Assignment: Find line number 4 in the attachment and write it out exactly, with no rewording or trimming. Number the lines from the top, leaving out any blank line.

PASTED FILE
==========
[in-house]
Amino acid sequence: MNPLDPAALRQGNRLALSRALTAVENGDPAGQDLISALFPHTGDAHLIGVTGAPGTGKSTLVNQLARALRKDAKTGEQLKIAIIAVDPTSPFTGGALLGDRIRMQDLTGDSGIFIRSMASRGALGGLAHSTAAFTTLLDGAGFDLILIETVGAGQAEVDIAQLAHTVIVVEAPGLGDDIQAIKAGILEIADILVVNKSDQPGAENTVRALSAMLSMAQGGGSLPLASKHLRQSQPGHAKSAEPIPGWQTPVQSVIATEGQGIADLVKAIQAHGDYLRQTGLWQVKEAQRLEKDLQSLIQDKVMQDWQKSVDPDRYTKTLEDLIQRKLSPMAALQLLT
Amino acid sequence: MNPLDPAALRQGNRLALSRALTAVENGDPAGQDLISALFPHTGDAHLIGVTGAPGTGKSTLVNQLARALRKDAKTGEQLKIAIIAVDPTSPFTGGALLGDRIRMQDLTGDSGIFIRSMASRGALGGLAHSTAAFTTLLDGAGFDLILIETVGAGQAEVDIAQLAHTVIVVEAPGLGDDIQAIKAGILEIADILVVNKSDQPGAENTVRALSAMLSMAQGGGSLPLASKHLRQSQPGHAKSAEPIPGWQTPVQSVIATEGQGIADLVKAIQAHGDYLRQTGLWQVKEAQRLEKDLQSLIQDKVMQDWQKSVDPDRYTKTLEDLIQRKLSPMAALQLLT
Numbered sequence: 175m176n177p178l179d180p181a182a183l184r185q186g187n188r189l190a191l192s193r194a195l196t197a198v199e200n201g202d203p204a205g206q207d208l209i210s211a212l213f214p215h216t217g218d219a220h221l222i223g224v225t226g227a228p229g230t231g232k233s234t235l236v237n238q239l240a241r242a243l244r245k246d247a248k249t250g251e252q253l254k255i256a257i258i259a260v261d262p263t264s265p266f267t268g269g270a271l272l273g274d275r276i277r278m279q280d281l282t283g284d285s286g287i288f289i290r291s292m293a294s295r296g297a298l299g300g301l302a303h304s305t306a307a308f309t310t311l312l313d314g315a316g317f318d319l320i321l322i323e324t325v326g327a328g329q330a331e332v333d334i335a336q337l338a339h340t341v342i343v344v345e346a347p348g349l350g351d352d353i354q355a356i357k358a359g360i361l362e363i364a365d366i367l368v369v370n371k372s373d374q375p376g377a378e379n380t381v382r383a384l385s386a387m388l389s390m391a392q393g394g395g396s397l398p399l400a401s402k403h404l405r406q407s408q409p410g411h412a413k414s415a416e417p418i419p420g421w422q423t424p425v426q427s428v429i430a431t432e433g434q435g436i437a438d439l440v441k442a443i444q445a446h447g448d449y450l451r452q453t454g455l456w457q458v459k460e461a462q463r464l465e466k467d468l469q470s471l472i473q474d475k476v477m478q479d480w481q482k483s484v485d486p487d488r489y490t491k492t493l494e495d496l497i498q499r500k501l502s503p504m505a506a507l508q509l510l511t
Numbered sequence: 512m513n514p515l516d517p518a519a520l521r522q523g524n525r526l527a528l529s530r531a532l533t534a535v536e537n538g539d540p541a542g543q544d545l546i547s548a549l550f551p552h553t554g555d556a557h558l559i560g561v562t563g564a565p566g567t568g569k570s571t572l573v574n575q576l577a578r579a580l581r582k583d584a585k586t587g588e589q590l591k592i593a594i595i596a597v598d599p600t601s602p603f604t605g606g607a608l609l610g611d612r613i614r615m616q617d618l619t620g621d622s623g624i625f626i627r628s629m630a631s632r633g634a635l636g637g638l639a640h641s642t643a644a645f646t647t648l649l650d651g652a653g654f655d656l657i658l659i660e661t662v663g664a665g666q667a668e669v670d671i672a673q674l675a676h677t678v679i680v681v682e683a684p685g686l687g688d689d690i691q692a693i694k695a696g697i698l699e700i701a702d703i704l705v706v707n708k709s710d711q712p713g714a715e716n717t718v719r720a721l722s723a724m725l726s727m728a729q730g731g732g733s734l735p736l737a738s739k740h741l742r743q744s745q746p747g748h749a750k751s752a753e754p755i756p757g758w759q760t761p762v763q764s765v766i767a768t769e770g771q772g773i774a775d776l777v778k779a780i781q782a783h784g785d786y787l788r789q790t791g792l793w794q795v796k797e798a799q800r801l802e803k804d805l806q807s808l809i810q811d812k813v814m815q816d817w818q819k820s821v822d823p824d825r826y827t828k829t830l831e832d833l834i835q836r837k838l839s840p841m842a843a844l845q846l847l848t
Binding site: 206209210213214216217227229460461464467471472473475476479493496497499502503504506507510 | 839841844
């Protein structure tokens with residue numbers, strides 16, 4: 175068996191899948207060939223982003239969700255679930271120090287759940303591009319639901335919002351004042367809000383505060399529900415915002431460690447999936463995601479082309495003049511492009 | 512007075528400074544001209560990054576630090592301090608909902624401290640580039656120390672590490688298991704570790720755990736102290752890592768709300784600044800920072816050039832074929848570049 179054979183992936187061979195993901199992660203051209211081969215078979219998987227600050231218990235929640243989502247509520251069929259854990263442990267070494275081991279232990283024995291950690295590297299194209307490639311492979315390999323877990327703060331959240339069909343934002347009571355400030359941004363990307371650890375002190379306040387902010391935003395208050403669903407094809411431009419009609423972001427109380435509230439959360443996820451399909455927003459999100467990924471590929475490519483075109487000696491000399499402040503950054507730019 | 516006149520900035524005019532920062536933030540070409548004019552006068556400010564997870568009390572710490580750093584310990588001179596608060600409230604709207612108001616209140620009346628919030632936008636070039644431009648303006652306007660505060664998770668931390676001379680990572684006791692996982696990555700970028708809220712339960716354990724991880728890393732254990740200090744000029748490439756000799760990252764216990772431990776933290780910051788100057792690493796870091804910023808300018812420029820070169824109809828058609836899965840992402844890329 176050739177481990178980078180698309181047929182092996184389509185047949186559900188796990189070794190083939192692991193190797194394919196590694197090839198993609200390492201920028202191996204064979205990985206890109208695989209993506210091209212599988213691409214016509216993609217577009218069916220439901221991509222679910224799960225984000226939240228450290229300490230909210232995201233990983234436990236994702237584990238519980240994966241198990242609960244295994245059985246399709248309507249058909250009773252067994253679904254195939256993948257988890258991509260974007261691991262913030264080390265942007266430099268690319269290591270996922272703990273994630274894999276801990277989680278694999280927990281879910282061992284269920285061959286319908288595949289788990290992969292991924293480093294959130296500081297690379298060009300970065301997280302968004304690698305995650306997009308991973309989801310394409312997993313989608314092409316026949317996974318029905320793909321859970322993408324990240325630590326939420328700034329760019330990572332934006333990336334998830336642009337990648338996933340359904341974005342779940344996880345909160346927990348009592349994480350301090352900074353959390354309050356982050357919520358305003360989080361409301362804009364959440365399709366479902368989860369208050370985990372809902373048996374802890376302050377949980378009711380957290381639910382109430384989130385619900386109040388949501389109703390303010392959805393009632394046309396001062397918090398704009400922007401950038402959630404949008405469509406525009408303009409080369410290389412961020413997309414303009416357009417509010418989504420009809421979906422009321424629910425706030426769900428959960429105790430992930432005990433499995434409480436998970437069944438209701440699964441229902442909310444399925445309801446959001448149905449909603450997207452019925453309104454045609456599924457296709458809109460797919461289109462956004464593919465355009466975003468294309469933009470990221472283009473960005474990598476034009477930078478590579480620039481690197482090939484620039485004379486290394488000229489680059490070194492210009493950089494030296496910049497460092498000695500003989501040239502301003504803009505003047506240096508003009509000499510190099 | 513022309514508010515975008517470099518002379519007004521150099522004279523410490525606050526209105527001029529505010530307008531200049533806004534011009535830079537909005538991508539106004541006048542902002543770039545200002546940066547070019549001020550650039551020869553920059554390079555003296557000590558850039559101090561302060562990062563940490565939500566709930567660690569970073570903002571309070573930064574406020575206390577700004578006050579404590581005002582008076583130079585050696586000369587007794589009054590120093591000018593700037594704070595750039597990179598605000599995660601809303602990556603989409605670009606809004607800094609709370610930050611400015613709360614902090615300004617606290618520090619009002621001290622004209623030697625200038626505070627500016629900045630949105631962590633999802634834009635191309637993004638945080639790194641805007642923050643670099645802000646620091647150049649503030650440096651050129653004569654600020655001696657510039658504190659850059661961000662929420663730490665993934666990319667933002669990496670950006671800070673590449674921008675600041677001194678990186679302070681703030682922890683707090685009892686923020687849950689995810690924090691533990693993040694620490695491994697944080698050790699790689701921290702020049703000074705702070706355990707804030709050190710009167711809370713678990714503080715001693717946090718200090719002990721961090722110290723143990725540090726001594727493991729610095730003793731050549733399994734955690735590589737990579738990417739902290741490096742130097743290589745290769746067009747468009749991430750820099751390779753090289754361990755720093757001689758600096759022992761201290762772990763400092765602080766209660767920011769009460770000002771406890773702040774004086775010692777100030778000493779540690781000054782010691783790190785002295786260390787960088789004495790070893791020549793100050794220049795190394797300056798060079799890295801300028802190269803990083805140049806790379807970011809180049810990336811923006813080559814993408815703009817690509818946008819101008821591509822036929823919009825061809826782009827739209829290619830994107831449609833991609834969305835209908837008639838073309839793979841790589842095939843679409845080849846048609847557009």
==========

Numbered sequence: 175m176n177p178l179d180p181a182a183l184r185q186g187n188r189l190a191l192s193r194a195l196t197a198v199e200n201g202d203p204a205g206q207d208l209i210s211a212l213f214p215h216t217g218d219a220h221l222i223g224v225t226g227a228p229g230t231g232k233s234t235l236v237n238q239l240a241r242a243l244r245k246d247a248k249t250g251e252q253l254k255i256a257i258i259a260v261d262p263t264s265p266f267t268g269g270a271l272l273g274d275r276i277r278m279q280d281l282t283g284d285s286g287i288f289i290r291s292m293a294s295r296g297a298l299g300g301l302a303h304s305t306a307a308f309t310t311l312l313d314g315a316g317f318d319l320i321l322i323e324t325v326g327a328g329q330a331e332v333d334i335a336q337l338a339h340t341v342i343v344v345e346a347p348g349l350g351d352d353i354q355a356i357k358a359g360i361l362e363i364a365d366i367l368v369v370n371k372s373d374q375p376g377a378e379n380t381v382r383a384l385s386a387m388l389s390m391a392q393g394g395g396s397l398p399l400a401s402k403h404l405r406q407s408q409p410g411h412a413k414s415a416e417p418i419p420g421w422q423t424p425v426q427s428v429i430a431t432e433g434q435g436i437a438d439l440v441k442a443i444q445a446h447g448d449y450l451r452q453t454g455l456w457q458v459k460e461a462q463r464l465e466k467d468l469q470s471l472i473q474d475k476v477m478q479d480w481q482k483s484v485d486p487d488r489y490t491k492t493l494e495d496l497i498q499r500k501l502s503p504m505a506a507l508q509l510l511t